Drawing on the ethical turn of Levinas and late Derrida, Inessential Solidarity aims “to expose an originary (or preoriginary) rhetoricity—an affectability or persuadability—that is the condition for symbolic action…[a] foreign(er) relation irreducible to symbolic prereqs” (2), laying a groundwork for the claim that rhetoric “is first philosophy” (15). Within “the space of shattered egos” that is a community (10), the place of “a common but dissymmetrical unworking of ‘identity’” that is a conversation (13), this “solidarity is at least the rhetoricity of the affect as such, the ‘individual’s’ irreparable openness to affection/alteration” (4). Reading across Burke’s notion of rhetorical identification, of “symbolic representation…the production and intervention of meaningful figures” (21) as the process through which we come to say I—a process which Davis notes nonetheless necessitates an individual before the I—she, through a close reappraisal of Burke’s own Freud, submits that “ego is formed ‘directly and immediately’ through a [pace the mirror-stage] blind identification in which a not-yet-I-swallows the not-yet-other alive” (27). As such, “dissociation is productive of the exteriority that sociality implies, that it is through disidentification, dislocation, depropriation that social feeling emerges and (so) something like society becomes possible” (35). Turning then to Levinas and de Man, Davis proposes “that the relation with the other is not a function of symbolic exchange but of an extra-symbolic ‘No’ that is aimed directly at rhetoric’s intralinguistic function: figuration” (37); that is to say, “[y]ou are born into presence precisely inasmuch as you are reduced to the status of a figure” (41). In Levinasian terms, this is the face that names “the eruption of an enigma in the phenomenon, which names an interruption in narcissitic appropriation (identification) and therefore the opening of ethics” (50). “To encounter a face is to receive a rhetorical imperative that drops me into response-only mode, subjecting me to the scandal of obligation, to a responsibility that I can neither comprehend nor ignore” (60)—thus the extra-symbolic No becomes an originary Yes to “the infinite obligation to receive and respond” (119), a response-ability “grounded in the passivity of the host-age and not in the freedom of a spontaneous of self-determining agent capable of resolute choice” (87). In line, perhaps, with McLuhan, Davis argues that rhetoricians today must “approach speaking and writing, any form of the address, not simply or firstly as the means of communication…but as communication itself, as modes of the saying” (113).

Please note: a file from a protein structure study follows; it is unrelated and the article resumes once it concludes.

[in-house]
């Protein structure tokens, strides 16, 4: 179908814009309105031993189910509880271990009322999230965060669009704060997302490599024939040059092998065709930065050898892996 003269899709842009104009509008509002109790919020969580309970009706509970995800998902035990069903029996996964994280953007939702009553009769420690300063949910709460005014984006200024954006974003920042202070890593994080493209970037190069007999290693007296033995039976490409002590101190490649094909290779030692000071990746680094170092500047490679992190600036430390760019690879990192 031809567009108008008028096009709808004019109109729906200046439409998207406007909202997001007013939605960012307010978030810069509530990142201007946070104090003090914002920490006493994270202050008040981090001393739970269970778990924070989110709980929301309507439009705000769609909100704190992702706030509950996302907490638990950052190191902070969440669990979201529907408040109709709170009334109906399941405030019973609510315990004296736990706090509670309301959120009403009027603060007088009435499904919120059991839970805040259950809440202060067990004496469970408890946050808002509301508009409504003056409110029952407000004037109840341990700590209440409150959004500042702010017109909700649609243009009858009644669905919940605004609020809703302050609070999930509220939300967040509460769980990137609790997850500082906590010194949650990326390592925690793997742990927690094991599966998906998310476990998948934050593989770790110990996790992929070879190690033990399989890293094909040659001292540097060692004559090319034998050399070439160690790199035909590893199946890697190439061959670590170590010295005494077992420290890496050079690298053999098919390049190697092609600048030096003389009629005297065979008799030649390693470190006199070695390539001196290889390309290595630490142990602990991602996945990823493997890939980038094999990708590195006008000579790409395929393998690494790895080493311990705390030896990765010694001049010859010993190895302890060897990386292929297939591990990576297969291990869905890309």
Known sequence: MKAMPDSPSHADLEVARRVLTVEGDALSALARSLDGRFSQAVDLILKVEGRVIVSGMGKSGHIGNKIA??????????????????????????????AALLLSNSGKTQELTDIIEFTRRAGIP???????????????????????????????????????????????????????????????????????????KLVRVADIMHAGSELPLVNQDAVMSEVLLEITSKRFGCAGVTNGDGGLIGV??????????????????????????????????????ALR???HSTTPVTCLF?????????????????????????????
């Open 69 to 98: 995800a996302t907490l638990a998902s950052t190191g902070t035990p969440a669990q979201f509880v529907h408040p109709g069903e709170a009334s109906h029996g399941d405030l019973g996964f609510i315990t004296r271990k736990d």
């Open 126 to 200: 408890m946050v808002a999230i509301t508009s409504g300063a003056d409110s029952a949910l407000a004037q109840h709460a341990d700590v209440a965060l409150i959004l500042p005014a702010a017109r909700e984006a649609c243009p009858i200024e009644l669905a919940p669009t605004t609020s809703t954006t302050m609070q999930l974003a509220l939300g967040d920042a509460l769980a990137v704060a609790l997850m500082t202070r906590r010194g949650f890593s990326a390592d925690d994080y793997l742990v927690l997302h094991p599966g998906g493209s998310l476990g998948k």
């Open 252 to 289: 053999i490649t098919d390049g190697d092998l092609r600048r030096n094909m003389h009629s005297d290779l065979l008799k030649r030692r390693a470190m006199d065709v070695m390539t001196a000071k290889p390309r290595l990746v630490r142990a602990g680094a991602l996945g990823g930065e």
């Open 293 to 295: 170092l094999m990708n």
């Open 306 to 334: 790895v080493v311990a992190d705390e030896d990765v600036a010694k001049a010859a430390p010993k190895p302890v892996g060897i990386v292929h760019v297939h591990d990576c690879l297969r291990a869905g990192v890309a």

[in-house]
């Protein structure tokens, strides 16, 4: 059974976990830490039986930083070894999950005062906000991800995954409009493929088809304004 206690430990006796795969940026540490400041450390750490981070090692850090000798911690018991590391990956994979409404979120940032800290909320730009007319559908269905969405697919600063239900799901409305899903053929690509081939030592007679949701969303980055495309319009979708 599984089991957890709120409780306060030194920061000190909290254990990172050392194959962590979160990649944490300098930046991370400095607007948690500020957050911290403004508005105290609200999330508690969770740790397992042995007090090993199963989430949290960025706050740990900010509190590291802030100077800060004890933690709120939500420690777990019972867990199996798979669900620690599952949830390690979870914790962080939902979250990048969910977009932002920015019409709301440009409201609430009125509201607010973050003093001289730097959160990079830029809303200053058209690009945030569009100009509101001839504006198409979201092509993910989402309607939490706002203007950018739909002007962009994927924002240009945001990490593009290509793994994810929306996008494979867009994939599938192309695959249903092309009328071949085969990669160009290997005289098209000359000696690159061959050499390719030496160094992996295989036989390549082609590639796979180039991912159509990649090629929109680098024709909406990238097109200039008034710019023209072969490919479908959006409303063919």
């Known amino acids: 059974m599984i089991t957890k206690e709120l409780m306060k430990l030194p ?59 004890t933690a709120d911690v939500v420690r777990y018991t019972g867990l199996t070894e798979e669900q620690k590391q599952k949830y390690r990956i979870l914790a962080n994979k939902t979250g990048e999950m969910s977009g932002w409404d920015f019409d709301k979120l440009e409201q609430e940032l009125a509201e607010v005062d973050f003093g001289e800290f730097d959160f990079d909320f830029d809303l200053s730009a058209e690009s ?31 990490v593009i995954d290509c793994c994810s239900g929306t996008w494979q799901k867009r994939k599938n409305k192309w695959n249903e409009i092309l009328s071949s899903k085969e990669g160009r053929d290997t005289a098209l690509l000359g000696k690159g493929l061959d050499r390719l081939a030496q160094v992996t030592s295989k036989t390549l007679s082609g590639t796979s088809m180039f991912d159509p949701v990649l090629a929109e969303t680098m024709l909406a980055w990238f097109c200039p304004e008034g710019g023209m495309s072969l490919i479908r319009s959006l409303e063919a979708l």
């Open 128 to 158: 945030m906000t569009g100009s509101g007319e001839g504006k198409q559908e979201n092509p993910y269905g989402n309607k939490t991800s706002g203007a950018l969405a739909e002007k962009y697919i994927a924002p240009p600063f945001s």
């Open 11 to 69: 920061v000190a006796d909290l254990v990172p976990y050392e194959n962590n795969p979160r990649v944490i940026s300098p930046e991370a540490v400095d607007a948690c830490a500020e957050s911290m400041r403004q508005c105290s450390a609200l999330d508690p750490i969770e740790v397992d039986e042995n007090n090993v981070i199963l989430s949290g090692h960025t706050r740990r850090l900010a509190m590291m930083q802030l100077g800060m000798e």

This post is one entry in an ongoing annotated bibliography of my bookshelf. If it’s useful to any person other than myself, all the better.